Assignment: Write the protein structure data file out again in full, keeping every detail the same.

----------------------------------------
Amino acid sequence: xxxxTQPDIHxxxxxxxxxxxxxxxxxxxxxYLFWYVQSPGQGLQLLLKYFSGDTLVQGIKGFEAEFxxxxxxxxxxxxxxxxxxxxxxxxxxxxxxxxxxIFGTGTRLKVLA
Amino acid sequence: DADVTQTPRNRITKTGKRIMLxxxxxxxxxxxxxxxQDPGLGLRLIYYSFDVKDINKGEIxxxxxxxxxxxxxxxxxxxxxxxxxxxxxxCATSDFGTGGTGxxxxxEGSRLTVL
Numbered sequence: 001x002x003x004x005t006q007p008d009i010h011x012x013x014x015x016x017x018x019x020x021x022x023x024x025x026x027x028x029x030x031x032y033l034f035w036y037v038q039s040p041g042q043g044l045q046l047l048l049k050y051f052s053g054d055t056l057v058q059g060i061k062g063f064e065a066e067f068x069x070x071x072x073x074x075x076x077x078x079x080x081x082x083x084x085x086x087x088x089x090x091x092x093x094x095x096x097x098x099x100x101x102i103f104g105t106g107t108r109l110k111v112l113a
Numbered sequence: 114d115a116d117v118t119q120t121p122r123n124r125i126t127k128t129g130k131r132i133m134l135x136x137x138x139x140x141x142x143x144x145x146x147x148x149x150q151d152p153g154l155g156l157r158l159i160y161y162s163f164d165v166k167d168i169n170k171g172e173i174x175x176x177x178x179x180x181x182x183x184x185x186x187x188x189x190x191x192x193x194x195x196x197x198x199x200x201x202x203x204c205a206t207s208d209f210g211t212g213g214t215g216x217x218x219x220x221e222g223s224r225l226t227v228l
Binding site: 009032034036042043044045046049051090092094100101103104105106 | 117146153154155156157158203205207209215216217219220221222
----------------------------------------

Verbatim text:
Amino acid sequence: xxxxTQPDIHxxxxxxxxxxxxxxxxxxxxxYLFWYVQSPGQGLQLLLKYFSGDTLVQGIKGFEAEFxxxxxxxxxxxxxxxxxxxxxxxxxxxxxxxxxxIFGTGTRLKVLA
Amino acid sequence: DADVTQTPRNRITKTGKRIMLxxxxxxxxxxxxxxxQDPGLGLRLIYYSFDVKDINKGEIxxxxxxxxxxxxxxxxxxxxxxxxxxxxxxCATSDFGTGGTGxxxxxEGSRLTVL
Numbered sequence: 001x002x003x004x005t006q007p008d009i010h011x012x013x014x015x016x017x018x019x020x021x022x023x024x025x026x027x028x029x030x031x032y033l034f035w036y037v038q039s040p041g042q043g044l045q046l047l048l049k050y051f052s053g054d055t056l057v058q059g060i061k062g063f064e065a066e067f068x069x070x071x072x073x074x075x076x077x078x079x080x081x082x083x084x085x086x087x088x089x090x091x092x093x094x095x096x097x098x099x100x101x102i103f104g105t106g107t108r109l110k111v112l113a
Numbered sequence: 114d115a116d117v118t119q120t121p122r123n124r125i126t127k128t129g130k131r132i133m134l135x136x137x138x139x140x141x142x143x144x145x146x147x148x149x150q151d152p153g154l155g156l157r158l159i160y161y162s163f164d165v166k167d168i169n170k171g172e173i174x175x176x177x178x179x180x181x182x183x184x185x186x187x188x189x190x191x192x193x194x195x196x197x198x199x200x201x202x203x204c205a206t207s208d209f210g211t212g213g214t215g216x217x218x219x220x221e222g223s224r225l226t227v228l
Binding site: 009032034036042043044045046049051090092094100101103104105106 | 117146153154155156157158203205207209215216217219220221222